COG SCI 100: Cognitive Science

Google Scholar and You!

  1. Set up your proxy server access by following the directions at When you get to a point where you are accessing resources that the Library pays for, you will be prompted for your CalNet ID and password.
  2. Change your “Scholar Preferences.” Access these by clicking on the link next to the search box. 
  3. In search box next to "Library Links," type in University of California Berkeley and click on “Find Library”
  4. Check box next to "University of California Berkeley - UC-eLinks
  5. Click on "Save Preferences" at bottom of page

Advanced Searching Techniques

Power search features for most article databases:

  • Use synonyms -- there are many ways to express a concept (teenager or teen or adolescent)
  • Use truncation, with the use of an asterisk (*), to get different forms of the word, for example teenage* will retrieveteenagersteenagerteenaged, etc.
  • Plural and singular forms of a keyword can produce different results.
  • Use quotation marks when you want an "exact phrase."  Some search engines also accept parentheses (  ) to isolate an "exact phrase." 
  • Use other limiters such as "date" -- most will let you find results for a certain time period.

Advanced Searches:
Every discipline, including Psychology, has a vocabulary that is unique and not commonly in our everyday language.  In a discipline-specific database, like PsycInfo or PubMed, these vocabularies are called "controlled vocabularies." They may also be referred to as descriptors or subject headings.

In PsycInfothe  Thesaurus is a very powerful tool. It helps you identify articles that are about a topic, not just that have the word in the abstract. For example, if you are looking for the cause of a certain psychological problem, the descriptor "etiology" finds material that looks at causality.  The Thesaurus also helps you identify the "official" term for a particular psychological disorder, such as "attention deficit hyperactivity disorder" for "ADHD" or "ADD."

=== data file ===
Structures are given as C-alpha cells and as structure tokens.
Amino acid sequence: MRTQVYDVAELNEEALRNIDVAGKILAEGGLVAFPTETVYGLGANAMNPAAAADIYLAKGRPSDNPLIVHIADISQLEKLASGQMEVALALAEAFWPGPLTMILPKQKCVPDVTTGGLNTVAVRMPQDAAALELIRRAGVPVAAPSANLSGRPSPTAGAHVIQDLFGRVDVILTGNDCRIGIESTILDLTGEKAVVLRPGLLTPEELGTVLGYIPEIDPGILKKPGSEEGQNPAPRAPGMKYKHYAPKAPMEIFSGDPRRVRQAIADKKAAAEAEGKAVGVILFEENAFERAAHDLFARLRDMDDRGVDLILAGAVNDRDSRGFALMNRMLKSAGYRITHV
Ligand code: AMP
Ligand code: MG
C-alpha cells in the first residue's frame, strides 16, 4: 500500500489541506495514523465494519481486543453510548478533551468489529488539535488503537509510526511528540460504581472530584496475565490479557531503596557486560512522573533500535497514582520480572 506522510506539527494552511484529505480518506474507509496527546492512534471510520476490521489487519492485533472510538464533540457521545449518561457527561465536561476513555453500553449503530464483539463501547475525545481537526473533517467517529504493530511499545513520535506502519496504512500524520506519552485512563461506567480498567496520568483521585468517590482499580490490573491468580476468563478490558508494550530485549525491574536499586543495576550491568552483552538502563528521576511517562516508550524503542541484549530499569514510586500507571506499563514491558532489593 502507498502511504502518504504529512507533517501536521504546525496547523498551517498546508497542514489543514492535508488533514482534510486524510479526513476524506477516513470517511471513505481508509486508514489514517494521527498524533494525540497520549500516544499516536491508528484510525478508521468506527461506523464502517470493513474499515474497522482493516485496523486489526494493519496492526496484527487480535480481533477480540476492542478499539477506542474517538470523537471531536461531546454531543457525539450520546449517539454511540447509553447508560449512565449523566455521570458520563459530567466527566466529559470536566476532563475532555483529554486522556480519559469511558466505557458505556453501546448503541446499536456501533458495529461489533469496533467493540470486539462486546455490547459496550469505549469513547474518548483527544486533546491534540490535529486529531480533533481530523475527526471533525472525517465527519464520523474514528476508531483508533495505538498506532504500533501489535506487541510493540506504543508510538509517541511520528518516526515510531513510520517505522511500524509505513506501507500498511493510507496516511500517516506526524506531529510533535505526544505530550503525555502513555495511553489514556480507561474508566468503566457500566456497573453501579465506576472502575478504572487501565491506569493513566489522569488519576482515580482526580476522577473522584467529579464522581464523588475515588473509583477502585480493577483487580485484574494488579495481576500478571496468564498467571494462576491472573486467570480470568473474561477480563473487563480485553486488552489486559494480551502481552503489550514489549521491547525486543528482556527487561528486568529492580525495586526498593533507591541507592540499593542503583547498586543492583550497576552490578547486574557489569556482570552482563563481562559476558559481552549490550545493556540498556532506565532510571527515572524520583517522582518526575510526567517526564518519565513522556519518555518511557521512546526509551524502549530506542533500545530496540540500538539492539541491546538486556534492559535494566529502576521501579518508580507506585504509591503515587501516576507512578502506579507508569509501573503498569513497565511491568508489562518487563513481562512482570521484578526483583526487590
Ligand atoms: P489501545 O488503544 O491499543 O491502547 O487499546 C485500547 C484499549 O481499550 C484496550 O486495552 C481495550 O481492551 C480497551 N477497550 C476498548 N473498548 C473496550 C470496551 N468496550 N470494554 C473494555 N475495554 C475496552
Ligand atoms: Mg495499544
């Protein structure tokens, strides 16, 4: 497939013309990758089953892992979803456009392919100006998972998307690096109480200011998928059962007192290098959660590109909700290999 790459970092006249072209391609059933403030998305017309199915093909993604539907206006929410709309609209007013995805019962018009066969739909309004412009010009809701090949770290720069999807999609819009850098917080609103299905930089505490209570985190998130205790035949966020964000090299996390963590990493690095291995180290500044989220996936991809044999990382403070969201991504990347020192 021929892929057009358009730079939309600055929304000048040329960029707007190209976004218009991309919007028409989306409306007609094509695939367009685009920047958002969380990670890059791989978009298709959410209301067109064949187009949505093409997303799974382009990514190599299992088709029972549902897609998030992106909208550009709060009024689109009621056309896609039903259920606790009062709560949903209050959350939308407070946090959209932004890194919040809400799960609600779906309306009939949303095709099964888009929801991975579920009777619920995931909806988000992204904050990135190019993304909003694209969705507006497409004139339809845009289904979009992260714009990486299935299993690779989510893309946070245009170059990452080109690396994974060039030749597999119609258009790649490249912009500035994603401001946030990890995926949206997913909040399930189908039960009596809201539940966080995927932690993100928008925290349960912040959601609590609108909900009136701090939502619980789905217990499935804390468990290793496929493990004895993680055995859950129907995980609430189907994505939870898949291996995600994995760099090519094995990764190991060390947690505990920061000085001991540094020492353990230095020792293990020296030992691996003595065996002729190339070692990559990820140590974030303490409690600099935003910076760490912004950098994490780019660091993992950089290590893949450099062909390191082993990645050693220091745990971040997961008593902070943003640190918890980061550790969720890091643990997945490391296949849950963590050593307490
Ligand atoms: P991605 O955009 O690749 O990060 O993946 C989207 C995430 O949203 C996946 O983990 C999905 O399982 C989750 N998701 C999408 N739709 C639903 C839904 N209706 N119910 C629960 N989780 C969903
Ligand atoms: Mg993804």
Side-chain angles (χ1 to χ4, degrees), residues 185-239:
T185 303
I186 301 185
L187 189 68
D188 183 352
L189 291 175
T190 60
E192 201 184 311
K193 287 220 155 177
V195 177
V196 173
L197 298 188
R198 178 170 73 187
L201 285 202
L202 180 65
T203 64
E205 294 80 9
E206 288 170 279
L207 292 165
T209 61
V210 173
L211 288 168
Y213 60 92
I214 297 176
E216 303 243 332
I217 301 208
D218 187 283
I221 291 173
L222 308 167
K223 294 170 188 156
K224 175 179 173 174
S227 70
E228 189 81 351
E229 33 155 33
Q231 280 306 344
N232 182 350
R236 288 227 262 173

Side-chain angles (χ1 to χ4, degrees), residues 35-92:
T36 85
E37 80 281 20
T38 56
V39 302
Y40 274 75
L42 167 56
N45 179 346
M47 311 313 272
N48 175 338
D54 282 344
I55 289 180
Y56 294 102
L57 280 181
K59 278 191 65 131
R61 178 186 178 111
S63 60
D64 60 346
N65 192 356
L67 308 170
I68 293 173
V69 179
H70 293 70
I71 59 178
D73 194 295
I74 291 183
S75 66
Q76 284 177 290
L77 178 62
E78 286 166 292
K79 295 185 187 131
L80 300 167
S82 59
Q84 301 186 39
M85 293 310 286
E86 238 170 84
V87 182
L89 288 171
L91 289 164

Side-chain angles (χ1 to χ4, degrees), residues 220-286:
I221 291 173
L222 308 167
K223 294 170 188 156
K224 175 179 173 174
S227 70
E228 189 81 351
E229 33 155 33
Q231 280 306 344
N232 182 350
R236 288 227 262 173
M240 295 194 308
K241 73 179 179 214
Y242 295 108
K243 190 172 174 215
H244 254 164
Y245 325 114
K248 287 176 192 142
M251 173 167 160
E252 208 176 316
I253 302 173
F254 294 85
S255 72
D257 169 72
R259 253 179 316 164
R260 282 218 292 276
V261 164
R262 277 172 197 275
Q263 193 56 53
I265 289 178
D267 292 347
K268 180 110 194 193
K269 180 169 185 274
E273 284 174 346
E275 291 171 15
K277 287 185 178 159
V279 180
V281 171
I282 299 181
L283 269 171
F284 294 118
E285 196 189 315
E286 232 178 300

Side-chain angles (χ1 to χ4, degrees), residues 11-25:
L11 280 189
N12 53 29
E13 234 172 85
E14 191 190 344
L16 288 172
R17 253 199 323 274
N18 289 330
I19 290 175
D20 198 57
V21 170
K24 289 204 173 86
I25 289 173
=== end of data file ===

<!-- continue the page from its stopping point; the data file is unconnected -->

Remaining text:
Other search engine features in PsycInfo are also helpful.  Here are some suggestions: 
  • Use the special "limits" or "fields" that the database offers. They really do help you make a more focused and powerful search. PsycInfo lets you use many helpful limits including:
  • Methodology-- are you interested in literature reviews? Empirical studies? Clinical trials? Quantitative or qualitative studies?
  • Population -- do you want research based on humans? Males vs. females?
  • Age of subjects -- adolescents? children? old people?
  • Publication type -- do you want articles? dissertations? books?
In PubMed, use the MESH (Medical Subject Headings) thesaurus to:
  • Identify the official medical term for a disease or medical issue.
  • Find broader, narrower, or similar terms.


This is THE Core index to articles in psychology.
Indexes journals in the field of medicine and psychiatry.
Web of Science
Includes the Science and Social Sciences Citation Index. These let you find "forward citations" -- update your research by finding articles that cite an article. 


Books (E-books and print)
OskiCat Catalog of the UC Berkeley Library
Melvyl Catalog of the UC Libraries
MIT CogNet 
E-books in cognitive and brain sciences published by MIT.
Contains the DSM-V Online  (Diagnostic and Statistical Manual of Mental Disorders) and several full-text psychiatry journals. 
APA e-books
Full text of books from 2009 to present published by the APA.
Springer Electronic Book Package 
E-books in many fields including Psychology. (These e-books are also listed by title in Melvyl.)

Last Update: July 10, 2014 15:55